But what I want to really talk about is global cooling. This is brought up so often it staggers the mind that the real story is not more widely known. The statements go something like this: “Thirty Years ago scientists were talking about global cooling, now it’s global warming. What will it be next year?” This pessimistic induction fails to understand science in two ways. First, science changes its mind. It’s not something that stays married to previous stories when those stories turn out not to stand up to new data, new analysis, or new explanatory apparatuses. For example, most scientists once believed the continents where stable and did not move. Now we know that they do, and we have mechanisms that explain how it works. There are boat loads of evidence for continental drift’s actually coming from better instrumentation, and from the ability to take deep ocean sediment cores, and from data that explains things better based on what we find in the Earth’s crust. This is what makes science strong. Changing to fit the facts is the best tool we have for understanding the physical laws of the universe. So, if thirty years ago scientists said that the Earth was cooling, and now they say it’s warming than pay attention. It means that more data has been gathered, better analyses have been conducted, supporting evidence has been reinterpreted. Scientists changing their minds is not a flaw in science. It’s its among its greatest strengths.
Second, scientists, as a group, never said the Earth was cooling. One scientist did. A scientist named Schneider in 1971 published a paper describing a model that showed the Earth’s atmosphere would cool. It got printed in Newsweek, and so was born the myth that science once taught the Earth was cooling. The modeler went back and realized the model had underestimated CO2, and overestimated aerosols from volcanic eruptions. Was cooling a scientific consensus? Were data coming in from freezing glaciers in alpine regions? Was arctic ice getting thicker? Were species from multiple taxa, everywhere you looked, redistributing because of a cooling planet? Were oceans becoming less acidic? Was there less CO2 and other greenhouse gasses being measured in the air? Were temperatures actually being measured as going down from multiple sources? Were multiple models, from multiple independent labs, located in multiple countries across the world, converging to the same story? No. No, to all of these. One guy. One inadequate model. One more weapon in deniers arsenal to put up a smoke screen to the scientific story unfolding on ACC.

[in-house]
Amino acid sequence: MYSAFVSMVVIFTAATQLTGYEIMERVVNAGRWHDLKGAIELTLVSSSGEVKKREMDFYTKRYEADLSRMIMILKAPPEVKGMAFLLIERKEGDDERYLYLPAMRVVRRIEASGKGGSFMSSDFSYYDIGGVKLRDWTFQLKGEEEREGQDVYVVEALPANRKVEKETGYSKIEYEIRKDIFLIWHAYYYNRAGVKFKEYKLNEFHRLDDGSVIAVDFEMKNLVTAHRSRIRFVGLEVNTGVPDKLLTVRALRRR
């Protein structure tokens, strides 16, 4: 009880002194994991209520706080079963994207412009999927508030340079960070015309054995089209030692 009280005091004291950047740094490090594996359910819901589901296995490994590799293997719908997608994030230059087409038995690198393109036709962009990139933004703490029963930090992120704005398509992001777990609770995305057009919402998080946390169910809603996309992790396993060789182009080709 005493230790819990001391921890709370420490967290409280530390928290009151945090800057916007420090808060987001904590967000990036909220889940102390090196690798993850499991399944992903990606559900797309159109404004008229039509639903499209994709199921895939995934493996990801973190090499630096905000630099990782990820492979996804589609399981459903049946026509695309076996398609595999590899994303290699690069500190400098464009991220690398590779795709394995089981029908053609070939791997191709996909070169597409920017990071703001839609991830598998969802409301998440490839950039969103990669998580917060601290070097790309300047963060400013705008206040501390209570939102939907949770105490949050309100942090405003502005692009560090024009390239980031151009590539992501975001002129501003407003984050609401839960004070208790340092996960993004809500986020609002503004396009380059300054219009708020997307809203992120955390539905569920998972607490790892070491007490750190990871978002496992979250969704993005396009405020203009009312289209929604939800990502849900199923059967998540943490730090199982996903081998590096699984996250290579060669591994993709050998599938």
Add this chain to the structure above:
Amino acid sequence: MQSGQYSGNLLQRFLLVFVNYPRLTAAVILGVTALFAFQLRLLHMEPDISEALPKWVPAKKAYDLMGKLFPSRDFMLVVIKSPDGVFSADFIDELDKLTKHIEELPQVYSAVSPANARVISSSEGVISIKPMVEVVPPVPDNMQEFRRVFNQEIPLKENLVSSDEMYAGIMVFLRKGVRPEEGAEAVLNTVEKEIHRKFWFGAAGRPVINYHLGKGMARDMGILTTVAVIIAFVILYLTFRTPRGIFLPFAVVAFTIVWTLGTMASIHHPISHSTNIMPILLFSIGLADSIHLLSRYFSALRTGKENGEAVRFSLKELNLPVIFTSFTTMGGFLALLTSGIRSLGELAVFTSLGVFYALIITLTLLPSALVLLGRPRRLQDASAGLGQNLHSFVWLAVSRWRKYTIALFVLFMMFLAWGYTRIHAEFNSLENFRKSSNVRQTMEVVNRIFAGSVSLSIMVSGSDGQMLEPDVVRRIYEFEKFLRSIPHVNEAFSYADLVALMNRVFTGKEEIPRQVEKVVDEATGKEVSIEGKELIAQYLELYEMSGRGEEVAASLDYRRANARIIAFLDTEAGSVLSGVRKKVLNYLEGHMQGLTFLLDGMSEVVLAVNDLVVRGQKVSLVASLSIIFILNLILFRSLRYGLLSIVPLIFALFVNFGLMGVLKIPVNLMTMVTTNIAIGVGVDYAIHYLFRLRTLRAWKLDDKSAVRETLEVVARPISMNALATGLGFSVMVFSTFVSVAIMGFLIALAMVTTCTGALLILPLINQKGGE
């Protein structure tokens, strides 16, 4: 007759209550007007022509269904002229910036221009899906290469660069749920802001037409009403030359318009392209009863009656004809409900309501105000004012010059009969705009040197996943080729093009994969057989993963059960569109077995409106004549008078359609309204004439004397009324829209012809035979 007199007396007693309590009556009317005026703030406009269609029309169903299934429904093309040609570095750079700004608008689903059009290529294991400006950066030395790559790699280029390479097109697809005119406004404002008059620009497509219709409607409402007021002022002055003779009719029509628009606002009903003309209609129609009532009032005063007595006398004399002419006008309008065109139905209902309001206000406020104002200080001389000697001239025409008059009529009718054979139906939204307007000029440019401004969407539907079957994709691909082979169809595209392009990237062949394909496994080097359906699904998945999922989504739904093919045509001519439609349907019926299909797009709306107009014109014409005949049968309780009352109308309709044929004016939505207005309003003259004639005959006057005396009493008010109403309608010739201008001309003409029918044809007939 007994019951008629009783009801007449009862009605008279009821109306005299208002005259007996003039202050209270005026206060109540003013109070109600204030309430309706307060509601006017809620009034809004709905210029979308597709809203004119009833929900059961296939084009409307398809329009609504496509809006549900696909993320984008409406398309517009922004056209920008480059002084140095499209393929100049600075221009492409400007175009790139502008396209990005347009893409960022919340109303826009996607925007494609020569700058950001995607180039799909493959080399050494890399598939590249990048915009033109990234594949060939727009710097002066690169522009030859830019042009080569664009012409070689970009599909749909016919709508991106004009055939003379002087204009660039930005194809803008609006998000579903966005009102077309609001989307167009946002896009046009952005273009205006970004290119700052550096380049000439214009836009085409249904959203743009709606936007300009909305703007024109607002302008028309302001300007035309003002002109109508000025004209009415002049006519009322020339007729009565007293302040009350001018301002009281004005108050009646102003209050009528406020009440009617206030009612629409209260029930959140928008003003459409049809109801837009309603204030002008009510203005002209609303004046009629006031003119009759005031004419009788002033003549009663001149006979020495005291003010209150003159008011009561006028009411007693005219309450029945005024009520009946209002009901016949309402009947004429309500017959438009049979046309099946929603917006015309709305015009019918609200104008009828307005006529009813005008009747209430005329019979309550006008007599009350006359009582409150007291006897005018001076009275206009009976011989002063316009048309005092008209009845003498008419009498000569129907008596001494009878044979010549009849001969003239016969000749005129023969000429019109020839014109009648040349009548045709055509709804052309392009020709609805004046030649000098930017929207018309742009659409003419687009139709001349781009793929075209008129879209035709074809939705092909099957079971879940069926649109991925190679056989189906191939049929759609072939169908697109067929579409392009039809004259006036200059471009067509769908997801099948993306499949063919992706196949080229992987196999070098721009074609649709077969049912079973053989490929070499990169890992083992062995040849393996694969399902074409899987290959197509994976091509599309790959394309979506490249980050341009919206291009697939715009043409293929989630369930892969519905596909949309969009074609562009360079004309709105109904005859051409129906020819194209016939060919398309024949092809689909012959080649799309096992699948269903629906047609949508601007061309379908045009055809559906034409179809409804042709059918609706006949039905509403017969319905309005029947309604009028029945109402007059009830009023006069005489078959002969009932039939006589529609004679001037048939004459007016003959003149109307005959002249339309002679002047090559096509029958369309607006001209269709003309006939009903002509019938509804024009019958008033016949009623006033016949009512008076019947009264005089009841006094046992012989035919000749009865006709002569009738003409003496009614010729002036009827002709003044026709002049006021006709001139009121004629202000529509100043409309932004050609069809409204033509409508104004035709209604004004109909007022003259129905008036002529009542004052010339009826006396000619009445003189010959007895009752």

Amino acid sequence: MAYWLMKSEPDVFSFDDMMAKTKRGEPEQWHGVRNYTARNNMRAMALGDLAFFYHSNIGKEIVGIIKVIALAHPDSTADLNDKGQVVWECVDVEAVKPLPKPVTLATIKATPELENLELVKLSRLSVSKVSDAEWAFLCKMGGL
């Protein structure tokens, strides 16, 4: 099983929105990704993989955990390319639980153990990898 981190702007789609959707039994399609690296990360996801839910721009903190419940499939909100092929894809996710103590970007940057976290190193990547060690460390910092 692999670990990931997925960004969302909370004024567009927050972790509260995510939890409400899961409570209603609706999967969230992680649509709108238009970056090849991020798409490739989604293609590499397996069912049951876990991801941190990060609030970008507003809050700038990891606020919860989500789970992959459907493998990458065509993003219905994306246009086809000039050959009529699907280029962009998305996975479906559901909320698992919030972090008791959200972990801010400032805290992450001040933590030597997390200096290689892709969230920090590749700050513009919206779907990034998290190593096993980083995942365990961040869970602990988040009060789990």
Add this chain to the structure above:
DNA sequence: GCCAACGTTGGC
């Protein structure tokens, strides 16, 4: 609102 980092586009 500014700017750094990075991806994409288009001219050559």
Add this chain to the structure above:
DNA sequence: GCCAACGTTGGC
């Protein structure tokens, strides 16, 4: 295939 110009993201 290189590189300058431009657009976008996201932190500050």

The truth is that global warming as been talked about for 200 years. The mechanisms supporting ACC where proposed in the 19th Century and evidences for it has been accumulating for decades. The case for it has only has become strong in the late 80s (I’ve blogged about a conference on ACC I attended in the early 90s and the belief among scientists then was only 50/50–that’s changed to 1:1000), and scientifically it is on very solid footing today.
So for good reasons, the pessimistic induction that “because science changes its mind it can’t be trusted,” is just wrong. The case for ACC? There is much that needs to be sorted out. There are anomalies, complexities, and difficulties. But as the evidence pours in from multiple disciplines, better instrumentation (including satellites and ocean monitoring techniques and ice core data), more sophisticated and robust models, greater diversity of statistical analysis methods, the case for ACC is strong. Could science be wrong? You betcha. Disease might be caused by an imbalance in humors too. But that’s not the way to bet.